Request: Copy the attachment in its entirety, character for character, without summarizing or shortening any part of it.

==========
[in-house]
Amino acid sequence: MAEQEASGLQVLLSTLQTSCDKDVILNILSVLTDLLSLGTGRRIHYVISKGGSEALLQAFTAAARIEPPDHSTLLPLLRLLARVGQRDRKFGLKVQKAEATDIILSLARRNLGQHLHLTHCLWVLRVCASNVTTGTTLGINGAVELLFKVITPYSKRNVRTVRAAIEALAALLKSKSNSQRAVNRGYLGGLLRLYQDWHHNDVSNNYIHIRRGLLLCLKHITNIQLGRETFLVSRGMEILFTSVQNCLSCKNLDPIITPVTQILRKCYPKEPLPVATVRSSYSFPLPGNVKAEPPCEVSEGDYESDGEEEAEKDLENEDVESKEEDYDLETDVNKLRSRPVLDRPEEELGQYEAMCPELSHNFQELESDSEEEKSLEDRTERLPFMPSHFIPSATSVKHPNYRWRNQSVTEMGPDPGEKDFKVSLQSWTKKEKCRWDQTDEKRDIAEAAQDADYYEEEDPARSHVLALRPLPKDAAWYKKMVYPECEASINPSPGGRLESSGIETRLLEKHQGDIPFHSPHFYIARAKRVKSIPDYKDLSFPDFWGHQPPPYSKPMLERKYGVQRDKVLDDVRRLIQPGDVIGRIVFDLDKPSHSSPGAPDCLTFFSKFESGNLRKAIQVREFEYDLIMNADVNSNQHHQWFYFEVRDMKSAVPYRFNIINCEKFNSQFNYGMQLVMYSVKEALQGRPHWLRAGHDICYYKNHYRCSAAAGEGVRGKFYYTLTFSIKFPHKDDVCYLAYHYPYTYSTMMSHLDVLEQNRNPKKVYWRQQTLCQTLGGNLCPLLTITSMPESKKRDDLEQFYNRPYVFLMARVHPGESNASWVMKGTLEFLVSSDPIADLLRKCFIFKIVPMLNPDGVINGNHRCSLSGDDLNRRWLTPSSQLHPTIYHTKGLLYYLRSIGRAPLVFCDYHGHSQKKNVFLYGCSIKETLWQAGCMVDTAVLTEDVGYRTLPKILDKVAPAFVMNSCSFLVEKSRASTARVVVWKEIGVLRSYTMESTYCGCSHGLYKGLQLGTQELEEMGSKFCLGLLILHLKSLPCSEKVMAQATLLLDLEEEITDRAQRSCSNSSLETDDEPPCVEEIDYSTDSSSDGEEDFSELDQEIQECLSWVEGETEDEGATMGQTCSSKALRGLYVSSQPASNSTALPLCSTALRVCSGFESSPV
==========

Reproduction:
[in-house]
Amino acid sequence: MAEQEASGLQVLLSTLQTSCDKDVILNILSVLTDLLSLGTGRRIHYVISKGGSEALLQAFTAAARIEPPDHSTLLPLLRLLARVGQRDRKFGLKVQKAEATDIILSLARRNLGQHLHLTHCLWVLRVCASNVTTGTTLGINGAVELLFKVITPYSKRNVRTVRAAIEALAALLKSKSNSQRAVNRGYLGGLLRLYQDWHHNDVSNNYIHIRRGLLLCLKHITNIQLGRETFLVSRGMEILFTSVQNCLSCKNLDPIITPVTQILRKCYPKEPLPVATVRSSYSFPLPGNVKAEPPCEVSEGDYESDGEEEAEKDLENEDVESKEEDYDLETDVNKLRSRPVLDRPEEELGQYEAMCPELSHNFQELESDSEEEKSLEDRTERLPFMPSHFIPSATSVKHPNYRWRNQSVTEMGPDPGEKDFKVSLQSWTKKEKCRWDQTDEKRDIAEAAQDADYYEEEDPARSHVLALRPLPKDAAWYKKMVYPECEASINPSPGGRLESSGIETRLLEKHQGDIPFHSPHFYIARAKRVKSIPDYKDLSFPDFWGHQPPPYSKPMLERKYGVQRDKVLDDVRRLIQPGDVIGRIVFDLDKPSHSSPGAPDCLTFFSKFESGNLRKAIQVREFEYDLIMNADVNSNQHHQWFYFEVRDMKSAVPYRFNIINCEKFNSQFNYGMQLVMYSVKEALQGRPHWLRAGHDICYYKNHYRCSAAAGEGVRGKFYYTLTFSIKFPHKDDVCYLAYHYPYTYSTMMSHLDVLEQNRNPKKVYWRQQTLCQTLGGNLCPLLTITSMPESKKRDDLEQFYNRPYVFLMARVHPGESNASWVMKGTLEFLVSSDPIADLLRKCFIFKIVPMLNPDGVINGNHRCSLSGDDLNRRWLTPSSQLHPTIYHTKGLLYYLRSIGRAPLVFCDYHGHSQKKNVFLYGCSIKETLWQAGCMVDTAVLTEDVGYRTLPKILDKVAPAFVMNSCSFLVEKSRASTARVVVWKEIGVLRSYTMESTYCGCSHGLYKGLQLGTQELEEMGSKFCLGLLILHLKSLPCSEKVMAQATLLLDLEEEITDRAQRSCSNSSLETDDEPPCVEEIDYSTDSSSDGEEDFSELDQEIQECLSWVEGETEDEGATMGQTCSSKALRGLYVSSQPASNSTALPLCSTALRVCSGFESSPV